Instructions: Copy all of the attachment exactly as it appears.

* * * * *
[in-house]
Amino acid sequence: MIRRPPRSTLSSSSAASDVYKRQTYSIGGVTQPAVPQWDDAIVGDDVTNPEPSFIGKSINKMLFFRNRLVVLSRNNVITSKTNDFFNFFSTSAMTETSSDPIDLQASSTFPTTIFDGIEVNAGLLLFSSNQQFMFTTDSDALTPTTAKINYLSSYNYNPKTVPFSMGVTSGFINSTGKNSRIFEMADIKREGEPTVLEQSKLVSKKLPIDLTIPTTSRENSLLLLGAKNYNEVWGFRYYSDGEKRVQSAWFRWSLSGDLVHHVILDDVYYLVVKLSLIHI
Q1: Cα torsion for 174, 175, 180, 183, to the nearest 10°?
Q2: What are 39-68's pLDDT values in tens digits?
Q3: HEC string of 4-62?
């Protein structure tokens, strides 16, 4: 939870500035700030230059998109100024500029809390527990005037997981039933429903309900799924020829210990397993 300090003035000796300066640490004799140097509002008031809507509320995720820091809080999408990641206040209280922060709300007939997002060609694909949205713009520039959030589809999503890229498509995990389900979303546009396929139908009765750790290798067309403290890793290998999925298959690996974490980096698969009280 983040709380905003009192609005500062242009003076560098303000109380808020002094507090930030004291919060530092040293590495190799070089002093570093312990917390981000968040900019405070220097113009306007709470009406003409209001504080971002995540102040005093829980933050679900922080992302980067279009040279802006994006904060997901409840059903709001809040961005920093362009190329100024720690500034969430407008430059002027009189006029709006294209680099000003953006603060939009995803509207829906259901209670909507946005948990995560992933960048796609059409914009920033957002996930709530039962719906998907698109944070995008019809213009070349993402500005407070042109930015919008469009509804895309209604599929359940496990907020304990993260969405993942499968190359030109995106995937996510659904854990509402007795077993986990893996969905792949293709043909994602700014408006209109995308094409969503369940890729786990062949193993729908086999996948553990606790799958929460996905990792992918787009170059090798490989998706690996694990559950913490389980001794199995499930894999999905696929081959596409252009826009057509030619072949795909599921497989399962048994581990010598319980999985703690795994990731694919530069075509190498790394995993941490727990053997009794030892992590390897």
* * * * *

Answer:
[in-house]
Amino acid sequence: MIRRPPRSTLSSSSAASDVYKRQTYSIGGVTQPAVPQWDDAIVGDDVTNPEPSFIGKSINKMLFFRNRLVVLSRNNVITSKTNDFFNFFSTSAMTETSSDPIDLQASSTFPTTIFDGIEVNAGLLLFSSNQQFMFTTDSDALTPTTAKINYLSSYNYNPKTVPFSMGVTSGFINSTGKNSRIFEMADIKREGEPTVLEQSKLVSKKLPIDLTIPTTSRENSLLLLGAKNYNEVWGFRYYSDGEKRVQSAWFRWSLSGDLVHHVILDDVYYLVVKLSLIHI
Q1: Cα torsion for 174, 175, 180, 183, to the nearest 10°?
Q2: What are 39-68's pLDDT values in tens digits?
Q3: HEC string of 4-62?
């Protein structure tokens, strides 16, 4: 939870500035700030230059998109100024500029809390527990005037997981039933429903309900799924020829210990397993 300090003035000796300066640490004799140097509002008031809507509320995720820091809080999408990641206040209280922060709300007939997002060609694909949205713009520039959030589809999503890229498509995990389900979303546009396929139908009765750790290798067309403290890793290998999925298959690996974490980096698969009280 983040709380905003009192609005500062242009003076560098303000109380808020002094507090930030004291919060530092040293590495190799070089002093570093312990917390981000968040900019405070220097113009306007709470009406003409209001504080971002995540102040005093829980933050679900922080992302980067279009040279802006994006904060997901409840059903709001809040961005920093362009190329100024720690500034969430407008430059002027009189006029709006294209680099000003953006603060939009995803509207829906259901209670909507946005948990995560992933960048796609059409914009920033957002996930709530039962719906998907698109944070995008019809213009070349993402500005407070042109930015919008469009509804895309209604599929359940496990907020304990993260969405993942499968190359030109995106995937996510659904854990509402007795077993986990893996969905792949293709043909994602700014408006209109995308094409969503369940890729786990062949193993729908086999996948553990606790799958929460996905990792992918787009170059090798490989998706690996694990559950913490389980001794199995499930894999999905696929081959596409252009826009057509030619072949795909599921497989399962048994581990010598319980999985703690795994990731694919530069075509190498790394995993941490727990053997009794030892992590390897």